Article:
Lee Friedlander’s unsentimental photographs of the American social landscape gained widespread recognition in the landmark New Documents photography show at the Museum of Modern Art. Organized by John Sarkowski in 1967 and featuring work by Friedlander, Diane Arbus, and Garry Winogrand, the show defined a new introspective style that would influence documentary photography for the subsequent fifty years. In recognition of the show's importance, the Museum of Modern Art recently featured “New Documents” as one of its 52 most notable exhibitions.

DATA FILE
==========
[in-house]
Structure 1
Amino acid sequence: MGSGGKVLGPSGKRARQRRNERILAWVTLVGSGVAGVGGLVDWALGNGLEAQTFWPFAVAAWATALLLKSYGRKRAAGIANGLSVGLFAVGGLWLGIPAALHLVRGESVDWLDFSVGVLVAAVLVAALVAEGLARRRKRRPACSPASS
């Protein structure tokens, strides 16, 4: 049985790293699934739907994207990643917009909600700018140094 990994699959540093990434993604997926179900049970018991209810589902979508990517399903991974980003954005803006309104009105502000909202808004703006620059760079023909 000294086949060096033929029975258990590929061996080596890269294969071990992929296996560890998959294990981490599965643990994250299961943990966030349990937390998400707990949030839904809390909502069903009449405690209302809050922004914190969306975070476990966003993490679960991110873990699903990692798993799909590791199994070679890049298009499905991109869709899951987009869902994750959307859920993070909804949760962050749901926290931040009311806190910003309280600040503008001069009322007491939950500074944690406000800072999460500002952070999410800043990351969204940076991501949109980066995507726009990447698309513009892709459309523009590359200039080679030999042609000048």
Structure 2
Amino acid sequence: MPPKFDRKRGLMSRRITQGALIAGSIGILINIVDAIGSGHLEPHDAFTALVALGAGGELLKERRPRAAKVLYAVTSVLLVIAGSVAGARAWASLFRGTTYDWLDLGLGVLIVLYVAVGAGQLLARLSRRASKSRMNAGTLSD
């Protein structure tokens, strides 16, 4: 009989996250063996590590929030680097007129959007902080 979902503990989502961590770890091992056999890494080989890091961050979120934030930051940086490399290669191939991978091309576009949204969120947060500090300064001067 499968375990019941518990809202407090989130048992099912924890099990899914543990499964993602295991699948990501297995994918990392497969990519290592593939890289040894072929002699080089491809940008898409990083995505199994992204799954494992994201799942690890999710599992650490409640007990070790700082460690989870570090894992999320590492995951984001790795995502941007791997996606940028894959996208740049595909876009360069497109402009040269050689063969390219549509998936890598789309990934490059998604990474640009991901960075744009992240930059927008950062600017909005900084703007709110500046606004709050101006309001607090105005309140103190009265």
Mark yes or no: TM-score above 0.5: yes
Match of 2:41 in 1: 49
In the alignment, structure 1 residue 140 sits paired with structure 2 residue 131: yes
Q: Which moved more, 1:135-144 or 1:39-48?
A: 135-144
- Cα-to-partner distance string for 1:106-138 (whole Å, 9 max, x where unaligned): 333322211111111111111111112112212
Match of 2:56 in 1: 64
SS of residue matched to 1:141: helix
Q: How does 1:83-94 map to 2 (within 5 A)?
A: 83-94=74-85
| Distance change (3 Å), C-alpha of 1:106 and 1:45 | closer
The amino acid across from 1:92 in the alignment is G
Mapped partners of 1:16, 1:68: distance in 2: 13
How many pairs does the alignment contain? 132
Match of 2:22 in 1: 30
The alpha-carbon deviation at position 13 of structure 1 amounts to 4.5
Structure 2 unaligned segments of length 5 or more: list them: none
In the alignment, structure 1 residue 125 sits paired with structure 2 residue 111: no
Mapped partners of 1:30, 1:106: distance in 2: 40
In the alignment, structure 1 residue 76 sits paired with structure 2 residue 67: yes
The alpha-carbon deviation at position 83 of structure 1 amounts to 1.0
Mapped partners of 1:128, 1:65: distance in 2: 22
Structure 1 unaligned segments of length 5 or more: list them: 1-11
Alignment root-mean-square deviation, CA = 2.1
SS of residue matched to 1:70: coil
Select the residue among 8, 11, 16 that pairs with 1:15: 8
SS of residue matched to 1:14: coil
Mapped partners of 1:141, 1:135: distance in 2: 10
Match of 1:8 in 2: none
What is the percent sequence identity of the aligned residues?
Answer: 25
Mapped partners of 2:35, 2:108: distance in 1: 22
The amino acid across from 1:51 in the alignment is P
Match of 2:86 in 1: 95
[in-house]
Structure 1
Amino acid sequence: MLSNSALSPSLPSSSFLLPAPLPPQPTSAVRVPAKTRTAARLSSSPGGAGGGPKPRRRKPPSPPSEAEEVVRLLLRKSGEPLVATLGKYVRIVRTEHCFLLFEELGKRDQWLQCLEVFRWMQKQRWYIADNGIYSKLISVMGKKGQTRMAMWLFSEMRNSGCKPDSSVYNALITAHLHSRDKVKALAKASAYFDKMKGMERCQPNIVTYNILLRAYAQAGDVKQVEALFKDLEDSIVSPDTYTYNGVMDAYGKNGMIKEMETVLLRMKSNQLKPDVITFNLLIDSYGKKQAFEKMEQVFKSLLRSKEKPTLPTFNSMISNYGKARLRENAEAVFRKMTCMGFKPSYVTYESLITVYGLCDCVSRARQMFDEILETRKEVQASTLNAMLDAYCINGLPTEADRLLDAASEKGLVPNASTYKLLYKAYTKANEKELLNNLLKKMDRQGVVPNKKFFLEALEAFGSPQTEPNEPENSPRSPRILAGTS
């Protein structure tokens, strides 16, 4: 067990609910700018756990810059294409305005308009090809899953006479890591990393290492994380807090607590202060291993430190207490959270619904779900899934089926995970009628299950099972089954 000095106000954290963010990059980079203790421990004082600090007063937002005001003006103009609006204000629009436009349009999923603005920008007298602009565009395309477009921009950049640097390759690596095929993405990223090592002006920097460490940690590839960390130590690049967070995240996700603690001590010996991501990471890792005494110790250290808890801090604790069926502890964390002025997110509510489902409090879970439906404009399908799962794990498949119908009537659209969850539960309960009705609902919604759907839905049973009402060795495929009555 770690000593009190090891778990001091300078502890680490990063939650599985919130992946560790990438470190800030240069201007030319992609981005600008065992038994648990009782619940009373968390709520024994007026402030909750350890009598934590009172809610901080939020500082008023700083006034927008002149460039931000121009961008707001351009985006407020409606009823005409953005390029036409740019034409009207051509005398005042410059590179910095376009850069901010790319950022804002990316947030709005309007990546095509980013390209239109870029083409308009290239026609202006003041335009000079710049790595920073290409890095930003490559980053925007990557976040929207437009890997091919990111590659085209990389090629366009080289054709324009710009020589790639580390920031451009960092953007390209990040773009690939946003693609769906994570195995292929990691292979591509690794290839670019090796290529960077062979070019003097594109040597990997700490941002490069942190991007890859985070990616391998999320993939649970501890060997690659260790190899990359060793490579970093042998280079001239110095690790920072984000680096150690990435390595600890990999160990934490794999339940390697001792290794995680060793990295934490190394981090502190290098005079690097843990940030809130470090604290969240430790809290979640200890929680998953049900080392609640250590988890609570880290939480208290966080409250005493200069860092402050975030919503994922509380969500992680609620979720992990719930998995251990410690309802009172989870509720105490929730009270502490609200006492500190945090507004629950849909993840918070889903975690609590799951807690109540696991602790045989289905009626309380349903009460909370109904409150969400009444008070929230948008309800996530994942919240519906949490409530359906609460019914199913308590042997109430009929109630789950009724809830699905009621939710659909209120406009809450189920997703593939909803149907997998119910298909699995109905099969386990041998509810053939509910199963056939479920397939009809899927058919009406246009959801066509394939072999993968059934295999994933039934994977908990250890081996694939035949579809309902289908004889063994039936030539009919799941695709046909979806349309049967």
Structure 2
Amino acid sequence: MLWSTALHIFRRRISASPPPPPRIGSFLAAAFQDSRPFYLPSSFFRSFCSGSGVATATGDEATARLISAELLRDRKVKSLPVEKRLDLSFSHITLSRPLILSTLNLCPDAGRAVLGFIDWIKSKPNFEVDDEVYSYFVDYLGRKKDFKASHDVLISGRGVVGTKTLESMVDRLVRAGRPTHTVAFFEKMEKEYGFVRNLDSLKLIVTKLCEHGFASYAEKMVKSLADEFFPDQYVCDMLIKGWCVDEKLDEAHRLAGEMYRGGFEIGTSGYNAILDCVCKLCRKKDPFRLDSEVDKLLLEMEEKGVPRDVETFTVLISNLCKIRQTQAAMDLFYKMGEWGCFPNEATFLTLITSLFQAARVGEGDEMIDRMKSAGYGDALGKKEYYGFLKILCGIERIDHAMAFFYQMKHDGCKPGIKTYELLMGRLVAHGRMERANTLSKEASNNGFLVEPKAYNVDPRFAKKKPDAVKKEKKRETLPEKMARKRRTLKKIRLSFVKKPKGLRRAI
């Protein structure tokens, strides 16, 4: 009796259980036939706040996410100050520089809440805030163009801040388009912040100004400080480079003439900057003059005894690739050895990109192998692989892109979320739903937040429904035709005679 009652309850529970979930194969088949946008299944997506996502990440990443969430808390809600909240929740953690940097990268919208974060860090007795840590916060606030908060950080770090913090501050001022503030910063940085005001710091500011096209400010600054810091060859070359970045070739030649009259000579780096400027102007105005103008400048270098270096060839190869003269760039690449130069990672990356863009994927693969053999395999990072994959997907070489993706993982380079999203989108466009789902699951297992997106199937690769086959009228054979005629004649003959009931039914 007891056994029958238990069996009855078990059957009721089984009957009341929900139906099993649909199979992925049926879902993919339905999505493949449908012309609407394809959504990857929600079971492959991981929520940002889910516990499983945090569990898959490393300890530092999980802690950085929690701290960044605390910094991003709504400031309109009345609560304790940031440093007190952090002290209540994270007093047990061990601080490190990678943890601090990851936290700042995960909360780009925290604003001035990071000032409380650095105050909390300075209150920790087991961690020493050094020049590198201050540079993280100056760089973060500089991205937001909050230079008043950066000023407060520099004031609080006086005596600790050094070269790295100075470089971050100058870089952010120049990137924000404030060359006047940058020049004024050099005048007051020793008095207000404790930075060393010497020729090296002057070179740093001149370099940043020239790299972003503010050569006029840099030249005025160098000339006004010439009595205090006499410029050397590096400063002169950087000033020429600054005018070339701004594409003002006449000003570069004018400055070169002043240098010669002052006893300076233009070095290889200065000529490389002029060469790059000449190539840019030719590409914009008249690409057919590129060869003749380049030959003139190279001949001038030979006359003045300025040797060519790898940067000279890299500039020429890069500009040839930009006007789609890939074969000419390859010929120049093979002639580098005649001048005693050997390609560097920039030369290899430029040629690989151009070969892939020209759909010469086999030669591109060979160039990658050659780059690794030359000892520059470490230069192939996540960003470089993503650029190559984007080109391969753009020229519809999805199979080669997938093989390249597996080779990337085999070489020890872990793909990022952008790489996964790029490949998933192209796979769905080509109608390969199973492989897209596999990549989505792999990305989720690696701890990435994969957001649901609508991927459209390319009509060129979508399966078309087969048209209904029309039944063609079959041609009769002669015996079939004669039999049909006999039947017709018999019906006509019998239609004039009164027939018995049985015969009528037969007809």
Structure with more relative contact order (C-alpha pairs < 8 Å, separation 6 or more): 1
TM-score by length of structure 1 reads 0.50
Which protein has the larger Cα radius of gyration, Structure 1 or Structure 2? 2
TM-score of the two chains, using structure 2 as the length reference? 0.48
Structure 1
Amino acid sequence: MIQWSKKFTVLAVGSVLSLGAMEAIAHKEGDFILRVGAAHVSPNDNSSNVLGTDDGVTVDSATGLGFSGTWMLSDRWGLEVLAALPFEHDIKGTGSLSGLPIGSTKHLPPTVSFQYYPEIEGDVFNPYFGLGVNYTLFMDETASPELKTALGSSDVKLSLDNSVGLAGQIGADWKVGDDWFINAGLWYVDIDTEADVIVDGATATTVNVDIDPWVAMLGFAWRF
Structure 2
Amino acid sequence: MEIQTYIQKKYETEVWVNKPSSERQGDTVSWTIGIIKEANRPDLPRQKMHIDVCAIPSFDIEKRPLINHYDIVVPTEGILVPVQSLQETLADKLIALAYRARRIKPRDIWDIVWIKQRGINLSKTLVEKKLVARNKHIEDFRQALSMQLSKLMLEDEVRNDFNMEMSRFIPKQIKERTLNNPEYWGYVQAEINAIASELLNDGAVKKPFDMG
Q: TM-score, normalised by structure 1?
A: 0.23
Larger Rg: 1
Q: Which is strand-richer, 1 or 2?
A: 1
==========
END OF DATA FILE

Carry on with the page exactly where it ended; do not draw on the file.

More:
The image often summarizing Friedlander’s participation in New Documents is a self portrait: A picture of the artist’s shadow projected on a New York City pedestrian. Friedlander began creating self portraits in the late 1950s, and they have been a central practice throughout the artist’s seventy year long career. Often, as in Rapid City, Friedlander exploits what may conventionally be called photographic mistakes, including himself and his camera as a shadow or small mirrored reflection.